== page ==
Title

Autoethnography of a Mother with Cancer as a Means of Reflexive Bracketing

Start Time

21-10-2011 1:35 PM

End Time

21-10-2011 2:05 PM

Session Type

Event

Abstract

This presentation will describe the process of reflexive bracketing through autoethnography the author used to identify her own assumptions and biases in preparation for a larger study of experiences of mothers with cancer, and the lessons gleaned from studying her own experience. Autoethnography is a useful research methodology of in occupational science to determine the patterns and meanings of occupation for the individual. According to Ellis and Bochner (2000), an autoethnography is “an autobiographical genre of writing and research that displays multiple layers of consciousness, connecting the personal to the cultural” (p. 739). This presentation will describe the results of the author’s study of her experience as a mother of a young daughter while undergoing an autologous stem cell transplant for Non-Hodgkin’s Lymphoma. Methods: In-depth interviews with key informants, including the author’s husband, her now 11-year old daughter, her closest friend, her mother and her father were conducted, recorded, and transcribed verbatim. Additionally, 48 pages of the presenter’s journal entries reflecting on mothering with cancer were collected. All data were analyzed using line-by-line coding, creating categories and further collapsing of categories through constant comparison, and the development of overall themes. Results: Findings of this autoethnography reveal the impact of physical symptoms of cancer treatments, the need to be a good mother in the face of cancer, the positive role of social supports, post-traumatic growth, and the author’s own assumptions in being a mother with cancer. The iterative process of bracketing and analysis will be discussed along with methodological challenges of the first-person perspective in qualitative research. Implications for future research of mothering during cancer treatments will be discussed.

Discussion Questions:

  1. What are the challenges of using an autoethnographic approach in occupational science research?
  2. What are the benefits of including interviews along with first person narratives in autoethnography?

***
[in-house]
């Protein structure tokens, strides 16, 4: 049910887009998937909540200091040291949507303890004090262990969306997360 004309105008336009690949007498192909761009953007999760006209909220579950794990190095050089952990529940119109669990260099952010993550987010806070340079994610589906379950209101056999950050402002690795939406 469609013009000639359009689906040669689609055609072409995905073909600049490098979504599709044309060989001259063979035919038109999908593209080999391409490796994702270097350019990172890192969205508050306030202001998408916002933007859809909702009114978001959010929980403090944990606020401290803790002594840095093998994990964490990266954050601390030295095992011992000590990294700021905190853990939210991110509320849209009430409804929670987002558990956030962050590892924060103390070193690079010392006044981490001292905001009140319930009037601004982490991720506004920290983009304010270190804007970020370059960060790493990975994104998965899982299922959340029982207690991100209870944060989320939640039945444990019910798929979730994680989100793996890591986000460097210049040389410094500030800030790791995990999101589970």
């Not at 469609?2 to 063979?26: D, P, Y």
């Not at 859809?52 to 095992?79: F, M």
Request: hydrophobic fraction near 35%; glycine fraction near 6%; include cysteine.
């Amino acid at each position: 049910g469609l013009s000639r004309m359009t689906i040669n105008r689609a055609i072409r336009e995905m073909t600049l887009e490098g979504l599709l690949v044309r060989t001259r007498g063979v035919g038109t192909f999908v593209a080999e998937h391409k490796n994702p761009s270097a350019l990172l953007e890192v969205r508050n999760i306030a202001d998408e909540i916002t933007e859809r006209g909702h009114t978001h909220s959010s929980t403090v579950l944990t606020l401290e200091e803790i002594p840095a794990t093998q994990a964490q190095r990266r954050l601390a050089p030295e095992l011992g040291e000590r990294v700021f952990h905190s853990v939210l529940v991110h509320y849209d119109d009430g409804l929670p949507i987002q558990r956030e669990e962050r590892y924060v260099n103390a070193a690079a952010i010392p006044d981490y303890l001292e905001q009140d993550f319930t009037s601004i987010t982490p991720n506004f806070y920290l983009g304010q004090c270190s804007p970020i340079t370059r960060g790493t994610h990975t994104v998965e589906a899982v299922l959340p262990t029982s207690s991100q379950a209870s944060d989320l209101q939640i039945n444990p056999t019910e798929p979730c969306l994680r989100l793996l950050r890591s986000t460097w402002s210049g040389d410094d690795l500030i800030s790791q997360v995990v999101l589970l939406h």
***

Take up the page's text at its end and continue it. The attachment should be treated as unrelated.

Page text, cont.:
3. How can autoethnograpy inform future research in occupational science?

References

Ellis, C., & Bochner, A. P. (2000). Autoethnography, personal narrative, reflexivity: Researcher as subject. In N. K. Denzin & Y. S. Lincoln (Eds.), Handbook of qualitative research (2nd ed., pp. 733-768). Thousand Oaks, CA: Sage.

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Research paper

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Oct 21st, 1:35 PM Oct 21st, 2:05 PM

Autoethnography of a Mother with Cancer as a Means of Reflexive Bracketing

This presentation will describe the process of reflexive bracketing through autoethnography the author used to identify her own assumptions and biases in preparation for a larger study of experiences of mothers with cancer, and the lessons gleaned from studying her own experience. Autoethnography is a useful research methodology of in occupational science to determine the patterns and meanings of occupation for the individual. According to Ellis and Bochner (2000), an autoethnography is “an autobiographical genre of writing and research that displays multiple layers of consciousness, connecting the personal to the cultural” (p. 739). This presentation will describe the results of the author’s study of her experience as a mother of a young daughter while undergoing an autologous stem cell transplant for Non-Hodgkin’s Lymphoma. Methods: In-depth interviews with key informants, including the author’s husband, her now 11-year old daughter, her closest friend, her mother and her father were conducted, recorded, and transcribed verbatim. Additionally, 48 pages of the presenter’s journal entries reflecting on mothering with cancer were collected. All data were analyzed using line-by-line coding, creating categories and further collapsing of categories through constant comparison, and the development of overall themes. Results: Findings of this autoethnography reveal the impact of physical symptoms of cancer treatments, the need to be a good mother in the face of cancer, the positive role of social supports, post-traumatic growth, and the author’s own assumptions in being a mother with cancer. The iterative process of bracketing and analysis will be discussed along with methodological challenges of the first-person perspective in qualitative research. Implications for future research of mothering during cancer treatments will be discussed.

Discussion Questions:

  1. What are the challenges of using an autoethnographic approach in occupational science research?
  2. What are the benefits of including interviews along with first person narratives in autoethnography?
  3. How can autoethnograpy inform future research in occupational science?